Government Thwarting Potential to Be Energy Powerhouse
As a progressive party with green tendencies, the Parti Québécois minority currently at the head of the Quebec provincial government is no friend of the natural gas industry. And that’s to the detriment of ordinary Quebecois.
It was made self-evident from the moment of the party’s election in September 2012, when Martine Ouellet, the Minister of Natural Resources, unilaterally banned the exploration of natural gas throughout the province. She and her party allies have long decried the controversial retrieval method known as hydraulic fracturing, or fracking, and even campaigned on revoking drilling permits from companies engaged in the practice.
Lone Pine Resources, a US energy firm with operations all over Canada, took the government to court over the moratorium last fall, blaming it for nearly CAN$250 million in lost investments. This month, the company filed for Chapter 15 bankruptcy in the United States. Industry experts predict more cases to flow through the courts in the ensuing months.
Despite the initial investments worth hundreds of millions of dollars from national and international firms, the vast fields of shale gas in Quebec’s underground remained shuttered. Closed for business.
Now, as the National Assembly floats the idea of a 5 year moratorium on natural gas drilling, the battle for Quebec’s energy future is put on full display.
The province contains extensive untapped reserves of natural gas, specifically in the Bas-St-Laurent region and L’île d’Anticosti, and is more clearly defined by its overwhelming production of hydro-electric power, largely in Quebec’s uninhabited north by Hydro-Québec, the state-subsidized energy conglomerate.
The energy powerhouse makes up 5 percent of the total Quebec economy, and exports at least 25 percent of its electricity to other provinces and US states, according to Hyrdo-Québec’s 2012 annual report. It paid out almost CAN$2 billion to the Quebec government in 2011, but that figure was reduced to $645 million in 2012, due to the closure of the Gentilly-2 nuclear power plant, and is slated to decline further as exports taper.
In 2014, Quebec’s energy consumers will face a 5.8 percent rate hike by Hydro-Québec, hoping to make up for the decreased payout to the government.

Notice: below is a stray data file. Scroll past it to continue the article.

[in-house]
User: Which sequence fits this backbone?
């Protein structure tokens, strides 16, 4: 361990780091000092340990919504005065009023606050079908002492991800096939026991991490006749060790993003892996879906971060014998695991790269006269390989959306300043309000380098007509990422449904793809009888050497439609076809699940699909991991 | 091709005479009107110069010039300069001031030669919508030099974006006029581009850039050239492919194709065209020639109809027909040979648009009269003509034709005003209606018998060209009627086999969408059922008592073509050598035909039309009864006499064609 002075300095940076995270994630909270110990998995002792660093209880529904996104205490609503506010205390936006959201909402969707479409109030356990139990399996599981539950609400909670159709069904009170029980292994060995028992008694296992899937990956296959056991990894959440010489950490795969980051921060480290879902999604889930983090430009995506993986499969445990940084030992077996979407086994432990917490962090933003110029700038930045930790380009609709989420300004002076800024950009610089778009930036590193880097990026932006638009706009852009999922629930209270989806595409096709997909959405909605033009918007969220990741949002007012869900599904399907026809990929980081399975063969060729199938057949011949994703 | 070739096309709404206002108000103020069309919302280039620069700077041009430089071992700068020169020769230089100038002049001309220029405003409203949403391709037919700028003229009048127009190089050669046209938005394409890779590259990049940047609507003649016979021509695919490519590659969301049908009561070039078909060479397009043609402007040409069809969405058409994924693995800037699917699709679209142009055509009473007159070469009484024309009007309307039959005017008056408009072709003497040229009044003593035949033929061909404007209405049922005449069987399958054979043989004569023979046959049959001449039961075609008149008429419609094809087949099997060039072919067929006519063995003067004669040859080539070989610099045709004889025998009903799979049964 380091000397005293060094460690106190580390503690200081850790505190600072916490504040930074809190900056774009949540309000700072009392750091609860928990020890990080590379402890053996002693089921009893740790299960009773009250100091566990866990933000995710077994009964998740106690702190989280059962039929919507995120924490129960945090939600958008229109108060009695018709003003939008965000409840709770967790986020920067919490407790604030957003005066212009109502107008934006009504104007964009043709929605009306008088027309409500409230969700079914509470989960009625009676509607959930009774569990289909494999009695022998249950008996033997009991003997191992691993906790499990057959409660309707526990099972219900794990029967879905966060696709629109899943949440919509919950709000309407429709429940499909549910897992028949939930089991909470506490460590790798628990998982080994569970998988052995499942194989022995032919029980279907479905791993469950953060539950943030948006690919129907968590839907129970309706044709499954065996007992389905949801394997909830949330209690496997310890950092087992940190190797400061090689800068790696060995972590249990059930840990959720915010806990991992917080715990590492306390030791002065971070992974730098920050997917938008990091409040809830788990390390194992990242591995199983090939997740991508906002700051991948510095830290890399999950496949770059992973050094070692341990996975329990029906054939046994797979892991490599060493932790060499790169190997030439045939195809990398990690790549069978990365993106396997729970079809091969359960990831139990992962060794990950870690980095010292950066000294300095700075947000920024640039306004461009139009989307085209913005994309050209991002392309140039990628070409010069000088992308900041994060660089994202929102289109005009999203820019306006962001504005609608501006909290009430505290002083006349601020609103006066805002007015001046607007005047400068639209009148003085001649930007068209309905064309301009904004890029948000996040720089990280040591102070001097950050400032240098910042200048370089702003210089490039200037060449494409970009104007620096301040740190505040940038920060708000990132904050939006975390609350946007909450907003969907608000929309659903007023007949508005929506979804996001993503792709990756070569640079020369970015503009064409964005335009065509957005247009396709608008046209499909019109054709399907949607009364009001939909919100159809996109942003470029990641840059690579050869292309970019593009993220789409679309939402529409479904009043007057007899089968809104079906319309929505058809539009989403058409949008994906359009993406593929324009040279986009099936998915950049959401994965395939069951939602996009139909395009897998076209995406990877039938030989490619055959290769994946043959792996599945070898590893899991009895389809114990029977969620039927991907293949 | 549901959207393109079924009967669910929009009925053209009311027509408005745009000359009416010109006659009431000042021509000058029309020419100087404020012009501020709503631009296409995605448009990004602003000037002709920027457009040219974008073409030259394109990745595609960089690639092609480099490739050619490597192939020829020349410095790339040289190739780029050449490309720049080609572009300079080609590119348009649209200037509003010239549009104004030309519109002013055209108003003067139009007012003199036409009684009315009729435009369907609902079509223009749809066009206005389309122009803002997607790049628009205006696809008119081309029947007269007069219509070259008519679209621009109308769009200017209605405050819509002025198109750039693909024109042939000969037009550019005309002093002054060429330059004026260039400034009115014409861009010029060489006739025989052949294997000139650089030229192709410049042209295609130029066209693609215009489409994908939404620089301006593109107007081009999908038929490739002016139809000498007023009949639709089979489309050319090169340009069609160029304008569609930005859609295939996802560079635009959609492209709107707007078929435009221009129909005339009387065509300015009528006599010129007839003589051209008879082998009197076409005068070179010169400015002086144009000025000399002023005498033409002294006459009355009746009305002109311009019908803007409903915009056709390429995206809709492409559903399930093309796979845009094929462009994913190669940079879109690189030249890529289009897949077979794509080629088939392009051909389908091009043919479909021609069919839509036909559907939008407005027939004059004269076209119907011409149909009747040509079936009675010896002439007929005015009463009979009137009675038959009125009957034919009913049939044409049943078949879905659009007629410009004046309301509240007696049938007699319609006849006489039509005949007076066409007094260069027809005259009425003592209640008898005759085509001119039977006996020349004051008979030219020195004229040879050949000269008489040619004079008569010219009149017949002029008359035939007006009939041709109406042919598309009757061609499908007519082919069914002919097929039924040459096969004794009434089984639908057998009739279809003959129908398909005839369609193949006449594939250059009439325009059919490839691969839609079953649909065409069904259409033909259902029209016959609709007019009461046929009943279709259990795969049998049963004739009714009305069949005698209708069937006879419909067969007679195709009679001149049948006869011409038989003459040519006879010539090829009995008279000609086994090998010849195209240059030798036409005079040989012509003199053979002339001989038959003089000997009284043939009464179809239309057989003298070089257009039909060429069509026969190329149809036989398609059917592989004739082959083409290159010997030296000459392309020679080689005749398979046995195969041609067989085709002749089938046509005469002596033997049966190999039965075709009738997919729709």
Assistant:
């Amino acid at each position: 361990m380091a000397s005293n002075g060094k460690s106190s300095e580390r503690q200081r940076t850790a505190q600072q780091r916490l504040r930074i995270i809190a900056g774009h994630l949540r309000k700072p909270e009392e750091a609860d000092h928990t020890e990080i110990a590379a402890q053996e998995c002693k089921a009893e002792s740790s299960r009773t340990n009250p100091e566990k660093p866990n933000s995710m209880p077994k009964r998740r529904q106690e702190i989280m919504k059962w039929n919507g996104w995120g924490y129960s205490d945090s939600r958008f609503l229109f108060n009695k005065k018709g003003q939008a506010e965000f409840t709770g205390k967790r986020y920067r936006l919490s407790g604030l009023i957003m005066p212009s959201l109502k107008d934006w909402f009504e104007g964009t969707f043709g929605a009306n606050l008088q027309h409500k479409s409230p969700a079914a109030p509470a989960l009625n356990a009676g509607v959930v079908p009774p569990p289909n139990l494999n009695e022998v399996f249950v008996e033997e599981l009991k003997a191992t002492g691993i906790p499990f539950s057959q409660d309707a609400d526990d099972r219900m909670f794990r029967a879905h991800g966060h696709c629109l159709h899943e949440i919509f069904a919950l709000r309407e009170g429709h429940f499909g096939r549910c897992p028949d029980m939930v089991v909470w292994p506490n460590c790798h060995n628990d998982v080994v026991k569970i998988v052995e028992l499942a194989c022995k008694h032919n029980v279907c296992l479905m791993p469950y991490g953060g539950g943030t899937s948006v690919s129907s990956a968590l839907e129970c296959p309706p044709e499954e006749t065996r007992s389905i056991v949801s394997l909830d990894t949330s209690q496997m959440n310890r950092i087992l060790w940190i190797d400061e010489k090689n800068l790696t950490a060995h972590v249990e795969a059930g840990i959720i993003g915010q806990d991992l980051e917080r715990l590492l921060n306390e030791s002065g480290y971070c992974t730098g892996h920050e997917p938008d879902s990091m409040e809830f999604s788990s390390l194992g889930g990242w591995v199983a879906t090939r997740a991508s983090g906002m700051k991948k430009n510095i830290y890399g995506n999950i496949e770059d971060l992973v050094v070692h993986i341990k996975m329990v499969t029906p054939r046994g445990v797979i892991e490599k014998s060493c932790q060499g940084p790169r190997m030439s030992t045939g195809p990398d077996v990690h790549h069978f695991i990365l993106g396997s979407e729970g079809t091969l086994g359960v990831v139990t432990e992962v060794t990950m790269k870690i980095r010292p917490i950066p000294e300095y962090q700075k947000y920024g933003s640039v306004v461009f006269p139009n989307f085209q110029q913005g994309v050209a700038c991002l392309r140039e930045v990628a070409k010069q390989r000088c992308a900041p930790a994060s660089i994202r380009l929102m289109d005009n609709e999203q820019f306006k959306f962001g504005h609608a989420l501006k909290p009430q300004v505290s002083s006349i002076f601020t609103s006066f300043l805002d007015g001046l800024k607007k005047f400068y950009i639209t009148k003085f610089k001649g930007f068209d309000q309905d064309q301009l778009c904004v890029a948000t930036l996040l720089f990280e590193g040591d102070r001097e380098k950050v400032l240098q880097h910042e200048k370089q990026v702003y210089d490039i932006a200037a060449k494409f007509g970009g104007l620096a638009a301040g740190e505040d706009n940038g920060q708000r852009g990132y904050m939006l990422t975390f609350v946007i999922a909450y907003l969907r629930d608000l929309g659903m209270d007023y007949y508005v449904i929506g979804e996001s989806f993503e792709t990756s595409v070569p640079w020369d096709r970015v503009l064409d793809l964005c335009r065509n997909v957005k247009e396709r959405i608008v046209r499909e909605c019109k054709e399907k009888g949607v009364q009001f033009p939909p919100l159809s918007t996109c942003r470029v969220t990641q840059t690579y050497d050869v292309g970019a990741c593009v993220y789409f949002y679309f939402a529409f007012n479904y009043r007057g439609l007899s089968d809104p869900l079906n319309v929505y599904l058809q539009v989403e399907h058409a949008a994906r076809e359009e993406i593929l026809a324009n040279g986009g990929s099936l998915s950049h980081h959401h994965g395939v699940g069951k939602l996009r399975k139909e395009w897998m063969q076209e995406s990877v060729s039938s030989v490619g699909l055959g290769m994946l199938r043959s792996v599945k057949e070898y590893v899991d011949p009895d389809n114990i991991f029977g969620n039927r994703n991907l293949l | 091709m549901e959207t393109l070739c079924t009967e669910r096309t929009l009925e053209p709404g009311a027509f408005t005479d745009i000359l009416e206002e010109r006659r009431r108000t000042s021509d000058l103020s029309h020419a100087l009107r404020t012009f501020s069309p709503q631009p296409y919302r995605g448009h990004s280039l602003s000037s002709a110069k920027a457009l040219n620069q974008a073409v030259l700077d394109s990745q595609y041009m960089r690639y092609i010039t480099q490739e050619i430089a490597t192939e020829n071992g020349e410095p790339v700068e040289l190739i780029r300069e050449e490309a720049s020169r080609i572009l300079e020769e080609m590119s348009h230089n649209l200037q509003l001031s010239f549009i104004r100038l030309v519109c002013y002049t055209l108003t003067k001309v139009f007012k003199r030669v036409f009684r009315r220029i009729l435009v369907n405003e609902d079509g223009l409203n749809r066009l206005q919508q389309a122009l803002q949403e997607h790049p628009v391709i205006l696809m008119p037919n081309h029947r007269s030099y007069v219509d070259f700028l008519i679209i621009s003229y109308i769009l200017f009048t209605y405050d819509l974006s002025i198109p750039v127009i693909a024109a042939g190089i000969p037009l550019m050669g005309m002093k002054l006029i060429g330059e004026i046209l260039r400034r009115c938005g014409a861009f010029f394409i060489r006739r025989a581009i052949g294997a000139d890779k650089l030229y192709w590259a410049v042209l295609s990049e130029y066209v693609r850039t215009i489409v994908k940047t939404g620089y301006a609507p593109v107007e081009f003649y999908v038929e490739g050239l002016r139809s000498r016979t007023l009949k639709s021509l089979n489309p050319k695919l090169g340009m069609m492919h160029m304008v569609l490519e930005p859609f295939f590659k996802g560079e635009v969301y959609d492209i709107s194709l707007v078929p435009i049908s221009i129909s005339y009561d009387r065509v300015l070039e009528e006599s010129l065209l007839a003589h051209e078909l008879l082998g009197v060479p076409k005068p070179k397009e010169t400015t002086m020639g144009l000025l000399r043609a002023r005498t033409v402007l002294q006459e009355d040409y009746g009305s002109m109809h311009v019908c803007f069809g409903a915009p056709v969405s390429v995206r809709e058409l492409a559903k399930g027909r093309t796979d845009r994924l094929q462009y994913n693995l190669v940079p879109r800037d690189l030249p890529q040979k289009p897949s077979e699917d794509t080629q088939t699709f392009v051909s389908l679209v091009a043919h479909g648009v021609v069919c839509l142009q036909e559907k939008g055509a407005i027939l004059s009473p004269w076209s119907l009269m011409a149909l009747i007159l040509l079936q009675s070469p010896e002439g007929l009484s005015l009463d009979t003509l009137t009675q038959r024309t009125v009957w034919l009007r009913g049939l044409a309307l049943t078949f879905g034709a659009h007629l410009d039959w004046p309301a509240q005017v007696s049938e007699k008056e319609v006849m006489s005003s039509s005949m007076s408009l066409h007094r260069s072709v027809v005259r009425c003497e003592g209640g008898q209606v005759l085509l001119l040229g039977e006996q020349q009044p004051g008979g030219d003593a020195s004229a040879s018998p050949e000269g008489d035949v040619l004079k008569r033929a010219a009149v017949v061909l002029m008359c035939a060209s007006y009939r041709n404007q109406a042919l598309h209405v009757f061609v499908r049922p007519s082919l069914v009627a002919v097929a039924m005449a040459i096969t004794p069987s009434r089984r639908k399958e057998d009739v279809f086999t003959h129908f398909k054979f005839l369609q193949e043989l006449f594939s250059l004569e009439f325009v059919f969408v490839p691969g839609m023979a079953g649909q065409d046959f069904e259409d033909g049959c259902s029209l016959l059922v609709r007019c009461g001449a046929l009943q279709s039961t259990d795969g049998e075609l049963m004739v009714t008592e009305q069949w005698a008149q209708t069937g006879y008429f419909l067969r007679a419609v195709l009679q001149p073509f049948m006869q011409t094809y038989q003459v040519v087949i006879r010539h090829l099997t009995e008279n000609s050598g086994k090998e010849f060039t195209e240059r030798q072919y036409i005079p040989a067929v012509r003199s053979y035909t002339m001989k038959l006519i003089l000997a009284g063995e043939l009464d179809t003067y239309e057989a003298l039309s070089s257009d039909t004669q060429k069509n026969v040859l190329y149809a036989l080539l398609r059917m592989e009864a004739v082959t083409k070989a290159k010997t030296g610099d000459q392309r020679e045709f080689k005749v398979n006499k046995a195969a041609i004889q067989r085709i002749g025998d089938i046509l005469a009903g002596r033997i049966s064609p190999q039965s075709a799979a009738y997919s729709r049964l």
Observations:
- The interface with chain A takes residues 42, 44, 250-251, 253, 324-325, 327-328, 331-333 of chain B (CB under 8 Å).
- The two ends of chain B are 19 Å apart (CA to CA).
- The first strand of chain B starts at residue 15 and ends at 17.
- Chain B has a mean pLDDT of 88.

Ouellet, an engineer who cut her environmental teeth at Hydro-Québec, has clearly crafted policy to maintain the dominance of hydro-electricity in la belle province. However, it’s a stance many political and industry leaders find untenable, especially as the explosion of natural gas production in the United States sways energy prices to its favor.
Sophie Brochu, CEO of Gaz Métro, one of Canada’s largest gas companies, has warned Quebec politicians against rejecting the economic prospects of natural gas wealth.
“Protection of the environment shouldn’t be transformed into hostility against economic development and smart extraction of our natural resources,” she said at Montreal’s chamber of commerce. She further warned against Quebec taking the “false path” which could lead to the province getting “poorer” with less businesses.
At least one former prime minister and party leader has criticized the government’s stance, doing so in his short-lived tenure as president of the Association Pétrolière et Gazière du Québec.
“I have no doubt that we’ll get there, but it’ll take time,” said former Quebec Premier and Parti Québécois leader Lucien Bouchard. “Energy will be at the center of the big political questions in Quebec in the next few years.”
His campaign to demystify the natural gas extraction process has been met sourly by the left-leaning Quebec press, academia, and powerful contingents of environmental activists, eager to bar foreign energy investment from Quebec’s territory.
“What we’re talking about are actions which would allow a phenomenal transfer of wealth from Quebec citizens toward a small group of investors from gas and oil companies, mostly foreign,” writes Pierre Batellier, a sustainable development researcher at École des Hautes Études Commerciales de Montréal.
This deep strain of anti-foreigner bias and economic nationalism is precisely what propelled the province to nationalize the electricity industry more than 70 years ago. The government first took control of the Montreal Light, Heath and Power Company in 1944, and the rest of the electricity sector two decades later, under the guidance of Liberal Minister of Natural Resources René Lévesque.
Lévesque, who later founded the Parti Québécois, smartly coined the 1962 election slogan Maîtres chez nous (masters of our own home) to convince Quebec to accept the agenda of all-out energy nationalization.
More than 70 years later, this attitude has to change.
All being said, Quebec has huge potential to become a net exporter of energy, in both hydro-electric power and natural gas. It could become one of the the most energy-rich regions in the world, helping bolster the province’s uncertain demographic future and colossal debt and tax burden. This uneasymélange of economic nationalism and environmentalism holds the province back from achieving true growth and potential.
Companies are frustrated with so much uncertainty and deadlock in Quebec’s energy infrastructure, and this prevents the expansion of millions of new jobs and investments all over the province.
If Quebecois truly want to be “Maîtres chez nous” then they need the levers of government to encourage economic growth and natural resource extraction, not dissuade it.
This article was published on the PanAm Post.